Being His Hands: Single Parent Edition
Some people have a gift.
They look into your eyes and see something’s troubling you. They just know. They ask the right questions. They learn you’re overwhelmed or hurting or grieving or in pain. They find solutions to alleviate some of your burdens. They encourage you, love on you, dive in and help in just the right way. They are God’s hands in your life.
I am not one of those people.
I’m that person who should be observant—I’m a writer after all. Don’t writers see everything? Not this one. I get so caught up in my fictitious world that I miss the one around me. Is that you? Oh, not the writer bit. (We’re an odd breed.) But maybe you’re caught up in your busyness, and everything else is just a blur. It happens.
Or maybe you’re in between. You’re the kind of person who sees the issue, but you’re shy. You don’t know what to do or what to say… So you take a second look at that family who shares the pew with you or give a warm smile across the aisle, but go your own way, wishing you could help. But…not.
This series is for you.
This series is for me.
It’s meant to make us aware of situations faced by those sitting next to us in the pew and to equip us to reach out…to be the hands of Christ.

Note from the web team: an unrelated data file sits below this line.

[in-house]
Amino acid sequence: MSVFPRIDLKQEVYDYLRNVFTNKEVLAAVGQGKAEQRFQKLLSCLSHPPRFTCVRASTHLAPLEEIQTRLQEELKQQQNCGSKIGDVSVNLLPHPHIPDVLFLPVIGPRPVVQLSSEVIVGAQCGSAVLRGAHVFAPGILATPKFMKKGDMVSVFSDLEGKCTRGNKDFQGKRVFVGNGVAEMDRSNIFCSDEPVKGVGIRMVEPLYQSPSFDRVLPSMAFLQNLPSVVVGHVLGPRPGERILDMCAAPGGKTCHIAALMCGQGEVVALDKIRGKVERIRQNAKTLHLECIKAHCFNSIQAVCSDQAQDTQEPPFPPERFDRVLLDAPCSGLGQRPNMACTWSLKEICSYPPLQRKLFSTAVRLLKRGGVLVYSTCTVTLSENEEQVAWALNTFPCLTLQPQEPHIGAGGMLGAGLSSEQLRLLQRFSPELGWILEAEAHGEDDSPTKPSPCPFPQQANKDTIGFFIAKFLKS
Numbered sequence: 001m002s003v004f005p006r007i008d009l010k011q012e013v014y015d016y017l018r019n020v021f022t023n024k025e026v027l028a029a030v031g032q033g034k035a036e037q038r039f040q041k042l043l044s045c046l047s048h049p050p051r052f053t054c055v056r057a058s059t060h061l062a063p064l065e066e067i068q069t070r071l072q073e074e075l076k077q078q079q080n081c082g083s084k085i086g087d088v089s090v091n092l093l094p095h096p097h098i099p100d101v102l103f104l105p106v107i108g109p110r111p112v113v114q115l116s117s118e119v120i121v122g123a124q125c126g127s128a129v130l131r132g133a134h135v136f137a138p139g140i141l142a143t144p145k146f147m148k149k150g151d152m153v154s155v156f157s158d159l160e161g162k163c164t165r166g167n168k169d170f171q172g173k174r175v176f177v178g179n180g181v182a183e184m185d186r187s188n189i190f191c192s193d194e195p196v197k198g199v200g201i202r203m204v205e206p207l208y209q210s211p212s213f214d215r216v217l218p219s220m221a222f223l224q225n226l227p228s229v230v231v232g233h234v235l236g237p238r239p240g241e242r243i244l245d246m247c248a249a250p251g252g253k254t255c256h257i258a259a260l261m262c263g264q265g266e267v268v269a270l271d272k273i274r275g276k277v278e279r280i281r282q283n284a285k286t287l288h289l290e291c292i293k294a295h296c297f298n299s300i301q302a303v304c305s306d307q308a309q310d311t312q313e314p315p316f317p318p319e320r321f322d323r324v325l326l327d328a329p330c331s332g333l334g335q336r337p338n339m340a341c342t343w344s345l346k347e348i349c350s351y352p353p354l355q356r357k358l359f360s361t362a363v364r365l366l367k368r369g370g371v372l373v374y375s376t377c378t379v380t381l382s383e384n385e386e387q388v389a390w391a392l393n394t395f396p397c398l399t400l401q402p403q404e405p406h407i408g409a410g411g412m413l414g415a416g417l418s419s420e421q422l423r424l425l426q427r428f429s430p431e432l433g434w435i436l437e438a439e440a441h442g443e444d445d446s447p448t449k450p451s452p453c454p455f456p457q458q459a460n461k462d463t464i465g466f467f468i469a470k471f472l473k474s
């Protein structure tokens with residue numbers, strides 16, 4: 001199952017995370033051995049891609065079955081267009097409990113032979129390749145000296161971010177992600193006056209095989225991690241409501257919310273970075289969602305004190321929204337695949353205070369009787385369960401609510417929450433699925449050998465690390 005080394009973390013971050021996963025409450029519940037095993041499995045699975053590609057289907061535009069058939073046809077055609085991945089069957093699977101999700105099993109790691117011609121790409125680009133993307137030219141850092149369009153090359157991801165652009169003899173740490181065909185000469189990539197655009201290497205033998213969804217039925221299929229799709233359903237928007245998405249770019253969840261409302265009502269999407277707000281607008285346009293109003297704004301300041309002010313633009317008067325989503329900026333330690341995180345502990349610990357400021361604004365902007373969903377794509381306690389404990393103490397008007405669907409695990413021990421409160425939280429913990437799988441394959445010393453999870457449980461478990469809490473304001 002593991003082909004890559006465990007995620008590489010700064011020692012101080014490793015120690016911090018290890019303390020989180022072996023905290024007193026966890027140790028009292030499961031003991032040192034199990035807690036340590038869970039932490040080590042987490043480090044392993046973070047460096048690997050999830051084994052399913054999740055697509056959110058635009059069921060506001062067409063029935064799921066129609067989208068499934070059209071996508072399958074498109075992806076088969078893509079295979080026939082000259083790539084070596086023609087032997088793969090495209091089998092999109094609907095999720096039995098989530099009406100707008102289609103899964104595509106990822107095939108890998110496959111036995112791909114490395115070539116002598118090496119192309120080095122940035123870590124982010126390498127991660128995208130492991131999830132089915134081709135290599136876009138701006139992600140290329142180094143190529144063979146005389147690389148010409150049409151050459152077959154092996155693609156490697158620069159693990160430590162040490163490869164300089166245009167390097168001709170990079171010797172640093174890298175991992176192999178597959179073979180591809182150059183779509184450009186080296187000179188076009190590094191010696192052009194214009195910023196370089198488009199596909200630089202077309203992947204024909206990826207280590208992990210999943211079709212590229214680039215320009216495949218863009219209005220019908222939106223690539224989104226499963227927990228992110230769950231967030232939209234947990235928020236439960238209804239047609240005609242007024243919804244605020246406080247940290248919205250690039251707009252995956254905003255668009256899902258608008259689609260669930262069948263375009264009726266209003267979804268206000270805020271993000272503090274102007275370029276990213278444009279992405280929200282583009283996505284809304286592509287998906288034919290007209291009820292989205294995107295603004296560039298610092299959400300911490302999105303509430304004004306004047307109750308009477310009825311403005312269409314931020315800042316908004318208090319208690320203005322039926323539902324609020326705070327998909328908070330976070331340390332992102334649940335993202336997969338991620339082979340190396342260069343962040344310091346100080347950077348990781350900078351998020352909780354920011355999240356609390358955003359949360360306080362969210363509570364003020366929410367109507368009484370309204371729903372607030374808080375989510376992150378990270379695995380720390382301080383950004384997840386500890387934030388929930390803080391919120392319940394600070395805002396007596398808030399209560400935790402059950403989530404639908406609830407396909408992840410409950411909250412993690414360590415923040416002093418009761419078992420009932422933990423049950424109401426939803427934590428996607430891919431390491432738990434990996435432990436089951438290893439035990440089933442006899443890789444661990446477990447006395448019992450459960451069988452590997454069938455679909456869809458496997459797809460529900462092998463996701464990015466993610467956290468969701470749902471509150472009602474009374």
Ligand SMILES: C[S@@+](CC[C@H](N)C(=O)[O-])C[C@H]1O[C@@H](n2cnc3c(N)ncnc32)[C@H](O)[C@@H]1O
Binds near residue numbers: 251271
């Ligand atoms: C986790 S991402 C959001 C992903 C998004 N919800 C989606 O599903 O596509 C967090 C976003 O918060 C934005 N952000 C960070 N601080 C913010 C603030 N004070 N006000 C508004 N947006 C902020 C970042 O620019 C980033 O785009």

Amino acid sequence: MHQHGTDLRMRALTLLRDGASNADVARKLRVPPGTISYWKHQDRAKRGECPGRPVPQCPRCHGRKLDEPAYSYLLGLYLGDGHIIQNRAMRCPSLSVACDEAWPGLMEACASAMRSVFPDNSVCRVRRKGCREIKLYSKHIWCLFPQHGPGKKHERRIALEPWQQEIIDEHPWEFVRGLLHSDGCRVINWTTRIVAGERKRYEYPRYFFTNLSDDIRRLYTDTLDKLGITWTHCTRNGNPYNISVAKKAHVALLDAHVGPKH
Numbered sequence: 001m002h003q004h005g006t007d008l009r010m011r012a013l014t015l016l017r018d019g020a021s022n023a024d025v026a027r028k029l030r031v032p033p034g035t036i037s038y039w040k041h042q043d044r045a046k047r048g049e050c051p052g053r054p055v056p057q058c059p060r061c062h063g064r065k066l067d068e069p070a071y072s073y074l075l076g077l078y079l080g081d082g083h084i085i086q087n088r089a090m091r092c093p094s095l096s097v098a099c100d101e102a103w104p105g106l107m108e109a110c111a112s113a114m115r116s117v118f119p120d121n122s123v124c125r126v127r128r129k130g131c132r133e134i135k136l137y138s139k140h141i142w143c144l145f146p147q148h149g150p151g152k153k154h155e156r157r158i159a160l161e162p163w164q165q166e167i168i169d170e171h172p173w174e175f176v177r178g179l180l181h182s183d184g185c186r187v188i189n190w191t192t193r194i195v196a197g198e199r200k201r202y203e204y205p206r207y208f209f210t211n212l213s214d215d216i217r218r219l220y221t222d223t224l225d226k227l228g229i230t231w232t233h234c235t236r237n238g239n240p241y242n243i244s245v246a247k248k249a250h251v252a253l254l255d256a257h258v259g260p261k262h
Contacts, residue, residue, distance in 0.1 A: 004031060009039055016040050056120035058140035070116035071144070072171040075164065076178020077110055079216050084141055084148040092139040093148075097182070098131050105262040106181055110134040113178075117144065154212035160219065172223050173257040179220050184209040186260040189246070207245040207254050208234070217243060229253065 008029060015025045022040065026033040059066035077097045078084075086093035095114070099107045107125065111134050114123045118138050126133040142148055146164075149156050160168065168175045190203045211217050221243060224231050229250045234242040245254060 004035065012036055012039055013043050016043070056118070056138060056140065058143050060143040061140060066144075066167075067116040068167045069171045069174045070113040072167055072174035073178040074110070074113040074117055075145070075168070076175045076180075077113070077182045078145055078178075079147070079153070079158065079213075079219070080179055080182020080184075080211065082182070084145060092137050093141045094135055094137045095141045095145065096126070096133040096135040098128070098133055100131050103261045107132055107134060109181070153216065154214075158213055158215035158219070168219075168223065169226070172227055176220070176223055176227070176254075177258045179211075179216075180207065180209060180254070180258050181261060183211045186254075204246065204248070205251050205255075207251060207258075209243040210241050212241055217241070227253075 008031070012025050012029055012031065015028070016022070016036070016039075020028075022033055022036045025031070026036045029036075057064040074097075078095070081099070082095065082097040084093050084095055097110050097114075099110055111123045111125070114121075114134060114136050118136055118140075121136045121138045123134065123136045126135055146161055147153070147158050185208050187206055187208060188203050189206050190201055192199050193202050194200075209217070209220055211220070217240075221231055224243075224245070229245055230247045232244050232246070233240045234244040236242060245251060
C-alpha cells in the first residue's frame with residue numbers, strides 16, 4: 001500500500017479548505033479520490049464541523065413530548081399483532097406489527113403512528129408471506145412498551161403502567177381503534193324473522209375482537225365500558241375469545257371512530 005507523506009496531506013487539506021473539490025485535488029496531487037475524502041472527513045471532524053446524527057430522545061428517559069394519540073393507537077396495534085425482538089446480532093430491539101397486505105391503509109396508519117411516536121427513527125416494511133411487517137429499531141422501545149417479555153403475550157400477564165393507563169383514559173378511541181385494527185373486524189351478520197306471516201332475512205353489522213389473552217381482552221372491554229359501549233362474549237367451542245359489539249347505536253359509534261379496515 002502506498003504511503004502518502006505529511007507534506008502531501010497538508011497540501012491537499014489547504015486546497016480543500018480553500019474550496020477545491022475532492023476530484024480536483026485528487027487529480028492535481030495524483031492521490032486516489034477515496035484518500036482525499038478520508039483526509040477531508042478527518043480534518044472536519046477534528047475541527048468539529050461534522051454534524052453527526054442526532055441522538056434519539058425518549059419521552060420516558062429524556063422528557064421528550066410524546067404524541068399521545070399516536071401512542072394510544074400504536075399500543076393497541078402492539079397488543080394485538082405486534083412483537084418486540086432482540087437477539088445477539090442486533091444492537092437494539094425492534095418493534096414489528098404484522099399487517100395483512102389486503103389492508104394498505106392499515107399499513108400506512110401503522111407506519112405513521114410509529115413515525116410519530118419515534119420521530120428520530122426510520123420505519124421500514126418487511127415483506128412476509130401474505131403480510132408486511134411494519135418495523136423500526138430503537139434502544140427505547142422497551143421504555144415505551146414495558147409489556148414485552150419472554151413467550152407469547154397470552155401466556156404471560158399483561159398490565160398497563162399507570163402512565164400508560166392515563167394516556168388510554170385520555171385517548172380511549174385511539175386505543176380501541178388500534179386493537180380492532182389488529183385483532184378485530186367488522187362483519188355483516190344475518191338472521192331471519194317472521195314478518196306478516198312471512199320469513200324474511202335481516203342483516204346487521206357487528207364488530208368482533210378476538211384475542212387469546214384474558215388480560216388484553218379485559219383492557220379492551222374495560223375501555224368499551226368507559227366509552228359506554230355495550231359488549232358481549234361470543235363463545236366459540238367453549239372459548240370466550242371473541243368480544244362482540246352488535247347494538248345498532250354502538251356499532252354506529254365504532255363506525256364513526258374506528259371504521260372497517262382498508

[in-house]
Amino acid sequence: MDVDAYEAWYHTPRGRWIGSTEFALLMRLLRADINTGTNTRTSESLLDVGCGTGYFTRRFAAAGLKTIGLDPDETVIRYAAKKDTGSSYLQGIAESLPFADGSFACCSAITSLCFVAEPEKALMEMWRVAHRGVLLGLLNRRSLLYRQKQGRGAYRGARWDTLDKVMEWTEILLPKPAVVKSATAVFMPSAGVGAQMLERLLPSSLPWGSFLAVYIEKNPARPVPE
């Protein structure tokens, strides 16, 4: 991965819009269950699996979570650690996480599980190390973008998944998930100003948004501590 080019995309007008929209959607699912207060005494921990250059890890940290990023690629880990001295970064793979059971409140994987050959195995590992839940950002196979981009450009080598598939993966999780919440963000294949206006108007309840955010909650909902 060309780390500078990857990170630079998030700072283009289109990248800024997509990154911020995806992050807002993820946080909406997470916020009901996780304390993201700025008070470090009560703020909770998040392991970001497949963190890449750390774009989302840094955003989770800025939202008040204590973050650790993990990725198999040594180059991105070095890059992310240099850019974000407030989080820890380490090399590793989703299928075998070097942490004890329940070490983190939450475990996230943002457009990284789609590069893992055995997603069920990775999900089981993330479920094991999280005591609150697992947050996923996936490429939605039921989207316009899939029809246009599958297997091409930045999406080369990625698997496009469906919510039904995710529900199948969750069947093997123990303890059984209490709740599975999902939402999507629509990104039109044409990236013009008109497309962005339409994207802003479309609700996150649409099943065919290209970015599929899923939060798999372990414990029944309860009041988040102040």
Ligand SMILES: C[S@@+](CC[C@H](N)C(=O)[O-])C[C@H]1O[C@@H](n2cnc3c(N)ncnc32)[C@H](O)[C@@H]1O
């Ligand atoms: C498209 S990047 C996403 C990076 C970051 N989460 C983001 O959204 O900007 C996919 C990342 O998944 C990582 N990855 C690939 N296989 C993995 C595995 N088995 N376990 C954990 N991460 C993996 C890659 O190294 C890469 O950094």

~ Jenness Walker
Till death us do part.
That’s what a girl expects when she walks down the aisle to the smiling man at the front. That’s what the boy plans for as he kisses his new bride and promises her the world and they start a family together.
Sometimes death comes sooner than they’d hoped. Sometimes people change, plans fail, and commitments are broken. Whatever the reason, the future is not what these parents thought it would be. They’re left to play both father and mother to the children in their care, as well as deal with grieving the loss of a future with their spouse. As Shawna Wright says, “The needs are all still present. They don’t go away. There’s just less of me to go around.”
But God is the father of the fatherless, and we are His hands and feet.
For this article, I heard from some moms and a dad who are raising great kids on their own. Here are some ways they thought we could help families in situations like theirs:
Help with daily responsibilities
~ Single parents now have double responsibility and thus less time with their kids. A huge blessing might be a volunteer team handling mowing their grass, or offering to pick up whatever is on their grocery list when you make your regular shopping trip. Snow removal. An occasional house cleaning, if they’re comfortable with that. Taking care of some of these types of things give the parent a chance to get in some special time with their kids that doesn’t involve chores.
~ Think of that thing you have to do that makes you say “ugh,” and figure a single parent is saying the same thing…twice as much. Offer to change the oil or take the car in to get it changed. How about doubling what you make for supper and taking it to the single parent once in a while so they don’t have to come home from work and fix something?